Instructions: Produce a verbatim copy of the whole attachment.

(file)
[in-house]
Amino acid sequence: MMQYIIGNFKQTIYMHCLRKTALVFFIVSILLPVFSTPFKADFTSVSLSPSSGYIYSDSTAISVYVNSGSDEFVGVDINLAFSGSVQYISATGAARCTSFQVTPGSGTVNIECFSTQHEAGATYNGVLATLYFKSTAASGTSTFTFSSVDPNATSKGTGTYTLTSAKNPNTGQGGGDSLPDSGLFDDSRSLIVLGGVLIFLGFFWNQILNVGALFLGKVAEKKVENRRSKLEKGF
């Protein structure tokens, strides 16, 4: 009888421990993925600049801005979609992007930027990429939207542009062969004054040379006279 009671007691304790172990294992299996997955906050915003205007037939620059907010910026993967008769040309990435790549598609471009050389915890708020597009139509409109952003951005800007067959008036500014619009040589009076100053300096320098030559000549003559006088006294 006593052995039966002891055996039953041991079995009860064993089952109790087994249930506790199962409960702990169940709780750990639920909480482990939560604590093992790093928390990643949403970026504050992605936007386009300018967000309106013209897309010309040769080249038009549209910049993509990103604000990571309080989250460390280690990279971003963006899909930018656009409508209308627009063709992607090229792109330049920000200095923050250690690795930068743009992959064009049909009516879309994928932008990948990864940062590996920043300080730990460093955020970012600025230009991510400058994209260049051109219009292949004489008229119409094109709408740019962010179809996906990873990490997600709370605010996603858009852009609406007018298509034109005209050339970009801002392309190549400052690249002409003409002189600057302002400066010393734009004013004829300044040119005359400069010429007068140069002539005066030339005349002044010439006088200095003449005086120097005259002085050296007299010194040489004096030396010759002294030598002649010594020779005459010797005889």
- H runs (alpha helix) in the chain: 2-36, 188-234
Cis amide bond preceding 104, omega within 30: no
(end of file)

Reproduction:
[in-house]
Amino acid sequence: MMQYIIGNFKQTIYMHCLRKTALVFFIVSILLPVFSTPFKADFTSVSLSPSSGYIYSDSTAISVYVNSGSDEFVGVDINLAFSGSVQYISATGAARCTSFQVTPGSGTVNIECFSTQHEAGATYNGVLATLYFKSTAASGTSTFTFSSVDPNATSKGTGTYTLTSAKNPNTGQGGGDSLPDSGLFDDSRSLIVLGGVLIFLGFFWNQILNVGALFLGKVAEKKVENRRSKLEKGF
């Protein structure tokens, strides 16, 4: 009888421990993925600049801005979609992007930027990429939207542009062969004054040379006279 009671007691304790172990294992299996997955906050915003205007037939620059907010910026993967008769040309990435790549598609471009050389915890708020597009139509409109952003951005800007067959008036500014619009040589009076100053300096320098030559000549003559006088006294 006593052995039966002891055996039953041991079995009860064993089952109790087994249930506790199962409960702990169940709780750990639920909480482990939560604590093992790093928390990643949403970026504050992605936007386009300018967000309106013209897309010309040769080249038009549209910049993509990103604000990571309080989250460390280690990279971003963006899909930018656009409508209308627009063709992607090229792109330049920000200095923050250690690795930068743009992959064009049909009516879309994928932008990948990864940062590996920043300080730990460093955020970012600025230009991510400058994209260049051109219009292949004489008229119409094109709408740019962010179809996906990873990490997600709370605010996603858009852009609406007018298509034109005209050339970009801002392309190549400052690249002409003409002189600057302002400066010393734009004013004829300044040119005359400069010429007068140069002539005066030339005349002044010439006088200095003449005086120097005259002085050296007299010194040489004096030396010759002294030598002649010594020779005459010797005889």
- H runs (alpha helix) in the chain: 2-36, 188-234
Cis amide bond preceding 104, omega within 30: no